description, the ISC position includes the following duties: (i) to manage front end accounting and cash media reconciliation in compliance with applicable law and company procedures; (ii) to improve customers' experience by providing fast service, a friendly atmosphere, and successful resolution of customer concerns; and (iii) to lead, develop and supervise front end operations. (Page Dep., Exh. 8 at 1.) In the view of Irvin Landry, Winn-Dixie's decision-maker in this case, "[t]he ISC's primary purpose is to oversee and manage the money in the safe and to ensure that the accounting of the office is done in accordance with company policy." (Landry Decl., ¶ 10.)5 Of course, Page was not the only Winn-Dixie employee with a measure of responsibility for Store #578 as of December 2006. Among the relevant managerial personnel were the Store Manager, Brent Sellers, who oversaw day-to-day operations at Store #578. (Sellers Decl., ¶¶ 12.) Sellers reported directly to Landry, the District Manager, who oversaw operations of all stores located in the 4-4 District, including Store #578. (Landry Decl., ¶¶ 5-6.) On site, there was also a Co-Manager named Jeremy McPherson, who reported directly to Sellers and assisted him in overseeing daily operations at Store #578. (McPherson Decl., ¶ 2.) And Store #578 had an Assistant In-Store Coordinator ("AISC"), Markale Jackson, whose duties included performing safe counts and other cash-handling responsibilities. See Jackson, 2008 WL 5435576, at *1. Because this case is rooted in allegations of race discrimination, it bears noting that Landry, Sellers and McPherson are white, while Page and Jackson are African-American. B. Winn-Dixie Cash-Handling Policies and Procedures. Like other Winn-Dixie locations, Store #578 has a store safe where money is secured. (Landry Decl., ¶ 7; Page Dep., at 103-05.) Among the items found in the safe at any given time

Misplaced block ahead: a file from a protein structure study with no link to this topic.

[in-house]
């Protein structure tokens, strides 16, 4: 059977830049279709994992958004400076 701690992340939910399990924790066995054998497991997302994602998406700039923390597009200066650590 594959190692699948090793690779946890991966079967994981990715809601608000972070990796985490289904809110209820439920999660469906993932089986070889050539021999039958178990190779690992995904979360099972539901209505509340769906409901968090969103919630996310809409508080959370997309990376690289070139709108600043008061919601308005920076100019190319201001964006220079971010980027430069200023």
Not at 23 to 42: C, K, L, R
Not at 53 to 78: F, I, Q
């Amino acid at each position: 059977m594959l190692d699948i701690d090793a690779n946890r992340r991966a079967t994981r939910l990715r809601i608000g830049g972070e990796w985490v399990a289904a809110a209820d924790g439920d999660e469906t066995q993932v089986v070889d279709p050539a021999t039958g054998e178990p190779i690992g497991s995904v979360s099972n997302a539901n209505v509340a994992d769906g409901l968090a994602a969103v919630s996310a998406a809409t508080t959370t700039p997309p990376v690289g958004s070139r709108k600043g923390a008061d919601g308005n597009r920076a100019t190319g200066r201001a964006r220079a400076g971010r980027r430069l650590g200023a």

has alerted defense counsel to the provisions of Local Rule 5.5(c). See Rowell v. Winn Dixie, 2008 WL 4369003, *1 n.3 (S.D. Ala. Sept. 23, 2008) (pointing out Local Rule 5.5(c) requires that only relevant excerpts, and not entire deposition transcripts, be filed). "[T]his Court will not scour uncited portions of the parties' evidentiary submissions for any scrap of evidence that may advance their positions. ... Instead, review of the parties' submissions is restricted to the portions of the record they have cited ...." Id. (citations omitted). This formulation of the ISC role is echoed by Leanda Black, who replaced Page as ISC at Store #578 in January 2007 following the transfer decision that is the subject of this litigation. (Black Decl., ¶ 2.) Black explains that, "[a]s ISC [her] primary responsibility is to oversee and manage the money in the office." (Id., ¶ 3.) -35